history abstracts away the differences in these different platforms and provides a minimal API that lets you manage the history stack, navigate, confirm navigation, and persist state between sessions.
$ npm install history
The first thing you'll need to do is create a history object.
history provides several different
create* methods that you can use depending on your environment.
createHistoryis for use in modern web browsers that support the HTML5 history API
createHashHistoryis for use in legacy web browsers (see caniuse for compatibility)
createMemoryHistoryis used mainly for testing and does not persist across sessions
Once you get a
history object, use
history.listen to be notified when the
import createHistory from 'history';var history = createHistory;// Listen for changes to the current location. The// listener is called once immediately.var unlisten = historylistenconsole.loglocationpathname;;// When you're finished, stop the listener.unlisten;
location object is conceptually similar to
document.location in web browsers, with a few extra goodies.
location objects have the following properties:
pathname The pathname portion of the URL, without query stringsearch The query string portion of the URL, including the ?state An object of data tied to this locationaction One of PUSH, REPLACE, or POPkey A unique identifier for this location
If you'd like, you can create a
location object programmatically using
import createLocation from 'history';var location = createLocation'/a/path?a=query' some: 'state' ;
You can also use a
history object to programmatically change the current
location using the following methods:
path argument to
replaceState represents a complete URL path, including the query string. The
state argument should be a JSON-serializable object.
// Push a new entry onto the history stack.historypushState some: 'state' '/home';// Replace the current entry on the history stack.historyreplaceState some: 'other state' '/profile';// Go back to the previous history entry. The following// two lines are synonymous.historygo-1;historygoBack;
Sometimes you may want to prevent the user from going to a different page. For example, if they are halfway finished filling out a long form, and they click the back button (or try to close the tab), you may want to prompt them to confirm they actually want to leave the page before they lose the information they've already entered. For these cases,
history lets you register transition hooks that return a prompt message you can show the user before the location changes. For example, you could do something like this:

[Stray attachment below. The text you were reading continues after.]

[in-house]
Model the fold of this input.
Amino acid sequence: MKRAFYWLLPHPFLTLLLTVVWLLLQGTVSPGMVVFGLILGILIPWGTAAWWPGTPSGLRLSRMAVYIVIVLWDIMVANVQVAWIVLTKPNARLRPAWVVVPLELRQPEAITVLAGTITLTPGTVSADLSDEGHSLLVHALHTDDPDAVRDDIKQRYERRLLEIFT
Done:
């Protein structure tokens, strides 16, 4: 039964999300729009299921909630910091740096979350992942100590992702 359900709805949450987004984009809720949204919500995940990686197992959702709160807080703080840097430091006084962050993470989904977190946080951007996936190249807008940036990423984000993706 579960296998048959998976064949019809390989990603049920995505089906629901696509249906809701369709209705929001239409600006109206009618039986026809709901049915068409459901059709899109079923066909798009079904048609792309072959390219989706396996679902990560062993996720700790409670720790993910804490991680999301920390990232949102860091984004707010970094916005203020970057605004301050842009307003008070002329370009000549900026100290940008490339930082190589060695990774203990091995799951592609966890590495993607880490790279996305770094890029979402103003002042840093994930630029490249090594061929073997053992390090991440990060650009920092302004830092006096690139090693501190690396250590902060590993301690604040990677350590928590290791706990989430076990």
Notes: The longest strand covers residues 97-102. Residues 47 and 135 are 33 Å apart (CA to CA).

historyregisterTransitionHookif inputvalue !== ''return 'Are you sure you want to leave this page?';;
You can dynamically add/remove transition hooks using
unregisterTransitionHook as well.
window.confirm by default to display confirmation messages to users. However, you can provide your own custom confirmation dialog box using the
getUserConfirmation hook when you create your
var history = createHistorycallbackwindowconfirmmessage; // The default;
window.location.hash is a common trick that is used to mimic the HTML5 history API in older browsers. It works for most use cases and provides good compatibility across a wide range of browsers. However, in order to preserve state across browser sessions we need a place to store some state. HTML5 gives us the
pushState method and the
popstate event, but in older browsers the only thing we have is the URL. So, when using hash history, you'll see an extra item in your query string that looks something like
_k=123abc. This is a key that
history uses to look up persistent state data in
window.sessionStorage between page loads. If you prefer to use a different query parameter, or to opt-out of this behavior entirely, use the
queryKey configuration option.
// Use _key instead of _k.var history = createHashHistoryqueryKey: '_key';// Opt-out of persistent state, not recommended.var history = createHashHistoryqueryKey: false;
One other thing to keep in mind when using hash history is that you cannot also use
window.location.hash as it was originally intended, to link an anchor point within your HTML document.
A big thank-you to Dan Shaw for letting us use the
history npm package name! Thanks Dan!